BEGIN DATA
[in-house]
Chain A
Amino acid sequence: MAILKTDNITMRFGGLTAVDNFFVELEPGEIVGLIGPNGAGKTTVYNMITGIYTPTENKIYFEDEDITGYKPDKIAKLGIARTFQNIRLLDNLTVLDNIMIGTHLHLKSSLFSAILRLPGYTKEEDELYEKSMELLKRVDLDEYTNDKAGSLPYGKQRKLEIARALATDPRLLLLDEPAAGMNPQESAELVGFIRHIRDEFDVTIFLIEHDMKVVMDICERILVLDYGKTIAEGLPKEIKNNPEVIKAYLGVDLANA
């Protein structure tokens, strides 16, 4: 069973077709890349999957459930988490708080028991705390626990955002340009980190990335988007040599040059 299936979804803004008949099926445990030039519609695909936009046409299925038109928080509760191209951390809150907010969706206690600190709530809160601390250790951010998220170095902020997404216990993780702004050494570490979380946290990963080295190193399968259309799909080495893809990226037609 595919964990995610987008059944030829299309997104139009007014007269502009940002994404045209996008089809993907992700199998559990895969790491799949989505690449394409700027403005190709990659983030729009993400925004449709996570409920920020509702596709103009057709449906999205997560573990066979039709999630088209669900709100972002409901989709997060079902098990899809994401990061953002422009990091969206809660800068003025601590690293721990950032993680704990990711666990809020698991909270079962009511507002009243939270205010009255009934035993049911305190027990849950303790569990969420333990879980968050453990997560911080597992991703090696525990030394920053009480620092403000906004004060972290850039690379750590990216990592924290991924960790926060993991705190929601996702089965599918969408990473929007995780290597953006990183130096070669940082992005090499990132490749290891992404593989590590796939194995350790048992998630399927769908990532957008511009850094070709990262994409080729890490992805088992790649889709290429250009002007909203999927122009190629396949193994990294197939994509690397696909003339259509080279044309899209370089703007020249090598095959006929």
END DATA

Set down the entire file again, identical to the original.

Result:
[in-house]
Chain A
Amino acid sequence: MAILKTDNITMRFGGLTAVDNFFVELEPGEIVGLIGPNGAGKTTVYNMITGIYTPTENKIYFEDEDITGYKPDKIAKLGIARTFQNIRLLDNLTVLDNIMIGTHLHLKSSLFSAILRLPGYTKEEDELYEKSMELLKRVDLDEYTNDKAGSLPYGKQRKLEIARALATDPRLLLLDEPAAGMNPQESAELVGFIRHIRDEFDVTIFLIEHDMKVVMDICERILVLDYGKTIAEGLPKEIKNNPEVIKAYLGVDLANA
């Protein structure tokens, strides 16, 4: 069973077709890349999957459930988490708080028991705390626990955002340009980190990335988007040599040059 299936979804803004008949099926445990030039519609695909936009046409299925038109928080509760191209951390809150907010969706206690600190709530809160601390250790951010998220170095902020997404216990993780702004050494570490979380946290990963080295190193399968259309799909080495893809990226037609 595919964990995610987008059944030829299309997104139009007014007269502009940002994404045209996008089809993907992700199998559990895969790491799949989505690449394409700027403005190709990659983030729009993400925004449709996570409920920020509702596709103009057709449906999205997560573990066979039709999630088209669900709100972002409901989709997060079902098990899809994401990061953002422009990091969206809660800068003025601590690293721990950032993680704990990711666990809020698991909270079962009511507002009243939270205010009255009934035993049911305190027990849950303790569990969420333990879980968050453990997560911080597992991703090696525990030394920053009480620092403000906004004060972290850039690379750590990216990592924290991924960790926060993991705190929601996702089965599918969408990473929007995780290597953006990183130096070669940082992005090499990132490749290891992404593989590590796939194995350790048992998630399927769908990532957008511009850094070709990262994409080729890490992805088992790649889709290429250009002007909203999927122009190629396949193994990294197939994509690397696909003339259509080279044309899209370089703007020249090598095959006929």